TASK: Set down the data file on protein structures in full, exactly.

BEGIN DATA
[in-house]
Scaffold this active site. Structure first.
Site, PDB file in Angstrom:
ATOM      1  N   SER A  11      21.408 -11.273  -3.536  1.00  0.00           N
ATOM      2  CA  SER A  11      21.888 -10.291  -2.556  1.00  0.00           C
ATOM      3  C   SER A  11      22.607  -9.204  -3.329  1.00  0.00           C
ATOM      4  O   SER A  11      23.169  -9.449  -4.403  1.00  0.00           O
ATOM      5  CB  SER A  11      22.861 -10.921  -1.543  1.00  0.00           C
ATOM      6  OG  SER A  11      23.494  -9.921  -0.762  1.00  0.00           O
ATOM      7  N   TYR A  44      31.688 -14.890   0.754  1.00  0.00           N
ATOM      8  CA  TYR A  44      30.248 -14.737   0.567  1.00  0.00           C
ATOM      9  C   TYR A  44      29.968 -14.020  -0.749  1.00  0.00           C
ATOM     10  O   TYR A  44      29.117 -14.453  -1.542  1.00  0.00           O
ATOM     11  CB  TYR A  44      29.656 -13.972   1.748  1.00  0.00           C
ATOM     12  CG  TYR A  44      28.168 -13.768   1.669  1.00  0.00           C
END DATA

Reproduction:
[in-house]
Scaffold this active site. Structure first.
Site, PDB file in Angstrom:
ATOM      1  N   SER A  11      21.408 -11.273  -3.536  1.00  0.00           N
ATOM      2  CA  SER A  11      21.888 -10.291  -2.556  1.00  0.00           C
ATOM      3  C   SER A  11      22.607  -9.204  -3.329  1.00  0.00           C
ATOM      4  O   SER A  11      23.169  -9.449  -4.403  1.00  0.00           O
ATOM      5  CB  SER A  11      22.861 -10.921  -1.543  1.00  0.00           C
ATOM      6  OG  SER A  11      23.494  -9.921  -0.762  1.00  0.00           O
ATOM      7  N   TYR A  44      31.688 -14.890   0.754  1.00  0.00           N
ATOM      8  CA  TYR A  44      30.248 -14.737   0.567  1.00  0.00           C
ATOM      9  C   TYR A  44      29.968 -14.020  -0.749  1.00  0.00           C
ATOM     10  O   TYR A  44      29.117 -14.453  -1.542  1.00  0.00           O
ATOM     11  CB  TYR A  44      29.656 -13.972   1.748  1.00  0.00           C
ATOM     12  CG  TYR A  44      28.168 -13.768   1.669  1.00  0.00           C